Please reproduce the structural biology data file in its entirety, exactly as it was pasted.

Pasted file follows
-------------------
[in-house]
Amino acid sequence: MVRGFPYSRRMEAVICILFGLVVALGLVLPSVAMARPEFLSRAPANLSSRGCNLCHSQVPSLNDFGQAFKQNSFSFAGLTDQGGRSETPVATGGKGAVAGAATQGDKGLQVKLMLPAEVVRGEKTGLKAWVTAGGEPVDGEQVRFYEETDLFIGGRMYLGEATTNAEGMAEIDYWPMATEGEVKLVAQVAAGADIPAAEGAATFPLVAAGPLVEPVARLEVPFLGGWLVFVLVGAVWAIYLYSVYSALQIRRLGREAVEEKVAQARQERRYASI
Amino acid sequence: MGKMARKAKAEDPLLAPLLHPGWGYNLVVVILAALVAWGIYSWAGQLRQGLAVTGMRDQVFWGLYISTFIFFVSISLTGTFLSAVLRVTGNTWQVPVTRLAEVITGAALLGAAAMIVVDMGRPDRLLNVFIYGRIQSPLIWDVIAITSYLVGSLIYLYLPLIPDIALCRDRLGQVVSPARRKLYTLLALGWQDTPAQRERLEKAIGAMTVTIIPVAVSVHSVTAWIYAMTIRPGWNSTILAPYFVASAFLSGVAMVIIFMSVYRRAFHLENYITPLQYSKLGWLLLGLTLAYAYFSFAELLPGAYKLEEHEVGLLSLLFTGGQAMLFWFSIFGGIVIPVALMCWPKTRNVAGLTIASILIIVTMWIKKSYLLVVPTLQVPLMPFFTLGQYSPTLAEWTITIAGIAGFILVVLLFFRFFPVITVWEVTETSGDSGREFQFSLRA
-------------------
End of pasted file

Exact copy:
[in-house]
Amino acid sequence: MVRGFPYSRRMEAVICILFGLVVALGLVLPSVAMARPEFLSRAPANLSSRGCNLCHSQVPSLNDFGQAFKQNSFSFAGLTDQGGRSETPVATGGKGAVAGAATQGDKGLQVKLMLPAEVVRGEKTGLKAWVTAGGEPVDGEQVRFYEETDLFIGGRMYLGEATTNAEGMAEIDYWPMATEGEVKLVAQVAAGADIPAAEGAATFPLVAAGPLVEPVARLEVPFLGGWLVFVLVGAVWAIYLYSVYSALQIRRLGREAVEEKVAQARQERRYASI
Amino acid sequence: MGKMARKAKAEDPLLAPLLHPGWGYNLVVVILAALVAWGIYSWAGQLRQGLAVTGMRDQVFWGLYISTFIFFVSISLTGTFLSAVLRVTGNTWQVPVTRLAEVITGAALLGAAAMIVVDMGRPDRLLNVFIYGRIQSPLIWDVIAITSYLVGSLIYLYLPLIPDIALCRDRLGQVVSPARRKLYTLLALGWQDTPAQRERLEKAIGAMTVTIIPVAVSVHSVTAWIYAMTIRPGWNSTILAPYFVASAFLSGVAMVIIFMSVYRRAFHLENYITPLQYSKLGWLLLGLTLAYAYFSFAELLPGAYKLEEHEVGLLSLLFTGGQAMLFWFSIFGGIVIPVALMCWPKTRNVAGLTIASILIIVTMWIKKSYLLVVPTLQVPLMPFFTLGQYSPTLAEWTITIAGIAGFILVVLLFFRFFPVITVWEVTETSGDSGREFQFSLRA